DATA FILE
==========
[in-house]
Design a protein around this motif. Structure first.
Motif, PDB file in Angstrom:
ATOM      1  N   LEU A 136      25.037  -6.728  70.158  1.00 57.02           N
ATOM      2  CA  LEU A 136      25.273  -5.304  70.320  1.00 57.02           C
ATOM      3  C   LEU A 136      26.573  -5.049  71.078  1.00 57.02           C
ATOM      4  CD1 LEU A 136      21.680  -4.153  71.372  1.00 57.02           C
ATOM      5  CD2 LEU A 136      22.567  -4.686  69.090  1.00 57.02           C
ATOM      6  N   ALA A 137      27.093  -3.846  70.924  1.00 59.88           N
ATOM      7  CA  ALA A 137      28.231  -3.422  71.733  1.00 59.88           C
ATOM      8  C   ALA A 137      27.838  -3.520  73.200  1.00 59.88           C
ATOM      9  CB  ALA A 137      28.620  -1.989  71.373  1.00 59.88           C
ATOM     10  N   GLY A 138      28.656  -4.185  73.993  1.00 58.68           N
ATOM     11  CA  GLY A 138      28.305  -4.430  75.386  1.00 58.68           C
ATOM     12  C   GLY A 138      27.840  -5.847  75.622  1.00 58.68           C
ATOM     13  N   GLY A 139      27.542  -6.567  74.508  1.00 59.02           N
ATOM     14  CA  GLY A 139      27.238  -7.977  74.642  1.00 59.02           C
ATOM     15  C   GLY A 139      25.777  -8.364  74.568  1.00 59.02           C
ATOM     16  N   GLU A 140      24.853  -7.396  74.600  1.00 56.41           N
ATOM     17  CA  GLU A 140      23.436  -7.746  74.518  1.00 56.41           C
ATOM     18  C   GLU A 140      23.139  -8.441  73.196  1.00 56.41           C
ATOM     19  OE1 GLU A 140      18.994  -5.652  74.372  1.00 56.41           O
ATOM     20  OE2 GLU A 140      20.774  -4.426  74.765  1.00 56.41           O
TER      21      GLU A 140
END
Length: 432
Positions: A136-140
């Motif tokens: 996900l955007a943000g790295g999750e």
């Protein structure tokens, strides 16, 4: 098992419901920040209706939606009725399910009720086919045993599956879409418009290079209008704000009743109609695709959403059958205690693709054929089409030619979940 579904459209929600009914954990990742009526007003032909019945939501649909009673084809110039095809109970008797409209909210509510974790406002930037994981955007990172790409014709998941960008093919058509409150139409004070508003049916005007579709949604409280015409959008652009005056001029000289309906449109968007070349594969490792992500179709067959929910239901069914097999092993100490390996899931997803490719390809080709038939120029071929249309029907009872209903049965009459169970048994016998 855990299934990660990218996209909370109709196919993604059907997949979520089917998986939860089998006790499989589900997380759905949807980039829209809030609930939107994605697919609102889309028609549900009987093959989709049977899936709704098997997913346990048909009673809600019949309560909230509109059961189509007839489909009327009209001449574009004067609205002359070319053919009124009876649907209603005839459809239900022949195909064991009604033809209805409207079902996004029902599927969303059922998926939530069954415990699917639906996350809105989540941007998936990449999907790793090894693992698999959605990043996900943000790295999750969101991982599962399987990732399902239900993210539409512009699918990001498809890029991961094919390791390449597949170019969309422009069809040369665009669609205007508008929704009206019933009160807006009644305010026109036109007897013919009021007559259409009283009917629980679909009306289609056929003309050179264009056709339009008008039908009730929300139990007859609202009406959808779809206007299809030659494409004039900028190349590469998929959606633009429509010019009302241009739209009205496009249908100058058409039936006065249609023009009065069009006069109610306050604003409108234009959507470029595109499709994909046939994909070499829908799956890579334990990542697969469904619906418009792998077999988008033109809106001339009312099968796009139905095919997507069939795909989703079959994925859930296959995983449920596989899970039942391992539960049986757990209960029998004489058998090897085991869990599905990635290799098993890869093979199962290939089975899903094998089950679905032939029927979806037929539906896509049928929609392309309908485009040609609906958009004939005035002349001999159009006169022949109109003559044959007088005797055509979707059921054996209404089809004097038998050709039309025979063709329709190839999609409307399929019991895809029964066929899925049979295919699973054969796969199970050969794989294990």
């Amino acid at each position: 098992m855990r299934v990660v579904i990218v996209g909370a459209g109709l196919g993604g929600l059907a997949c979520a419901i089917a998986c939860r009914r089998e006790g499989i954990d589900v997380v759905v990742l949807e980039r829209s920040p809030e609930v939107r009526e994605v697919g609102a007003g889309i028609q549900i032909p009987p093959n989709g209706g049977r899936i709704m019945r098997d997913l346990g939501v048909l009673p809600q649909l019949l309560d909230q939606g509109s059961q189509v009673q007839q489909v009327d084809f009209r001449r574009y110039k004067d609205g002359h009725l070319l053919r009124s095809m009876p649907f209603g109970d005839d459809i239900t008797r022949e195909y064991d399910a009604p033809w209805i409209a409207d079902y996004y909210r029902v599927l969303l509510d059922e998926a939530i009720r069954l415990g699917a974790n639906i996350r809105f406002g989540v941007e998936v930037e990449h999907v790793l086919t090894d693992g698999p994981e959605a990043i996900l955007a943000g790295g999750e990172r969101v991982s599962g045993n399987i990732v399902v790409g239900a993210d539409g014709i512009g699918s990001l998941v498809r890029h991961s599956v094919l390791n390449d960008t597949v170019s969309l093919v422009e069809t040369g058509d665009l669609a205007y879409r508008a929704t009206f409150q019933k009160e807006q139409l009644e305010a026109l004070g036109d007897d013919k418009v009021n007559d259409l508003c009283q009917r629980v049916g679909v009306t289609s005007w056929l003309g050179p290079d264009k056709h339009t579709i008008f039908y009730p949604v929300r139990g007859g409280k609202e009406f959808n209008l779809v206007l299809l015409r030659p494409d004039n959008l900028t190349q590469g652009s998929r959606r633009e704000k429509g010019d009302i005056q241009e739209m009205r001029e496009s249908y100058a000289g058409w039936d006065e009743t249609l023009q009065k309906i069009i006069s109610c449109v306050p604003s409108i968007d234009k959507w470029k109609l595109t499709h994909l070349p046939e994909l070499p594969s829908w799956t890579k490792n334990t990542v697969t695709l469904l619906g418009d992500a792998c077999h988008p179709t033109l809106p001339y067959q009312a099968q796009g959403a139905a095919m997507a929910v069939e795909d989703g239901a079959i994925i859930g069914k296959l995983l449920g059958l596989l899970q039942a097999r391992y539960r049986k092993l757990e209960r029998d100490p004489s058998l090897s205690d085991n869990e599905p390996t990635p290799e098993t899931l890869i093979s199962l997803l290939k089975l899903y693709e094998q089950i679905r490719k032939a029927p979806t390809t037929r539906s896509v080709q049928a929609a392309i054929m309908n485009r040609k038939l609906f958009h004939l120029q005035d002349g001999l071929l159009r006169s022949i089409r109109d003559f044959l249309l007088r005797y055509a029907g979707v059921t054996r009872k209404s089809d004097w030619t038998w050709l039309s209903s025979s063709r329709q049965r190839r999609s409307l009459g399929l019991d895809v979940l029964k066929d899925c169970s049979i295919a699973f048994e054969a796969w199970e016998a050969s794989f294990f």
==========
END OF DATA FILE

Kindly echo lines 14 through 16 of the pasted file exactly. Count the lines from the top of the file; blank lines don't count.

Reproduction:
ATOM     11  CA  GLY A 138      28.305  -4.430  75.386  1.00 58.68           C
ATOM     12  C   GLY A 138      27.840  -5.847  75.622  1.00 58.68           C
ATOM     13  N   GLY A 139      27.542  -6.567  74.508  1.00 59.02           N